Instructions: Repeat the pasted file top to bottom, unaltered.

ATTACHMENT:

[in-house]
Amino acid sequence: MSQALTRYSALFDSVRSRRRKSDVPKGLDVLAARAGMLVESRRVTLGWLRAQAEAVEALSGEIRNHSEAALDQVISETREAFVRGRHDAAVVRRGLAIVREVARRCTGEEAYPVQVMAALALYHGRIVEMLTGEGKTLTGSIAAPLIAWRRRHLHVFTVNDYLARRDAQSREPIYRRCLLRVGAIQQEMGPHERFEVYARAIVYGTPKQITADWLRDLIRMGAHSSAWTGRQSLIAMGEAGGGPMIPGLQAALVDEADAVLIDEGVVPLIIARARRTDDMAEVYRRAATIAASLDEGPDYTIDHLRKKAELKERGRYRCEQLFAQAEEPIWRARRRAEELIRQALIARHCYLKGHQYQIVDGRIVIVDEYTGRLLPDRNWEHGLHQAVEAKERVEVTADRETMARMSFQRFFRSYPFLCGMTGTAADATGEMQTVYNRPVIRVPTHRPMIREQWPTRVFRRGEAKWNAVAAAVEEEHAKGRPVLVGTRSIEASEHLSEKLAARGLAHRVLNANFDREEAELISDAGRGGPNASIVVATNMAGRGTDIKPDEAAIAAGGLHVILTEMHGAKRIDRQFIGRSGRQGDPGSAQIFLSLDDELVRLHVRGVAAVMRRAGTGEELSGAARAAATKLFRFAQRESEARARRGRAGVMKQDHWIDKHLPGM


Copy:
[in-house]
Amino acid sequence: MSQALTRYSALFDSVRSRRRKSDVPKGLDVLAARAGMLVESRRVTLGWLRAQAEAVEALSGEIRNHSEAALDQVISETREAFVRGRHDAAVVRRGLAIVREVARRCTGEEAYPVQVMAALALYHGRIVEMLTGEGKTLTGSIAAPLIAWRRRHLHVFTVNDYLARRDAQSREPIYRRCLLRVGAIQQEMGPHERFEVYARAIVYGTPKQITADWLRDLIRMGAHSSAWTGRQSLIAMGEAGGGPMIPGLQAALVDEADAVLIDEGVVPLIIARARRTDDMAEVYRRAATIAASLDEGPDYTIDHLRKKAELKERGRYRCEQLFAQAEEPIWRARRRAEELIRQALIARHCYLKGHQYQIVDGRIVIVDEYTGRLLPDRNWEHGLHQAVEAKERVEVTADRETMARMSFQRFFRSYPFLCGMTGTAADATGEMQTVYNRPVIRVPTHRPMIREQWPTRVFRRGEAKWNAVAAAVEEEHAKGRPVLVGTRSIEASEHLSEKLAARGLAHRVLNANFDREEAELISDAGRGGPNASIVVATNMAGRGTDIKPDEAAIAAGGLHVILTEMHGAKRIDRQFIGRSGRQGDPGSAQIFLSLDDELVRLHVRGVAAVMRRAGTGEELSGAARAAATKLFRFAQRESEARARRGRAGVMKQDHWIDKHLPGM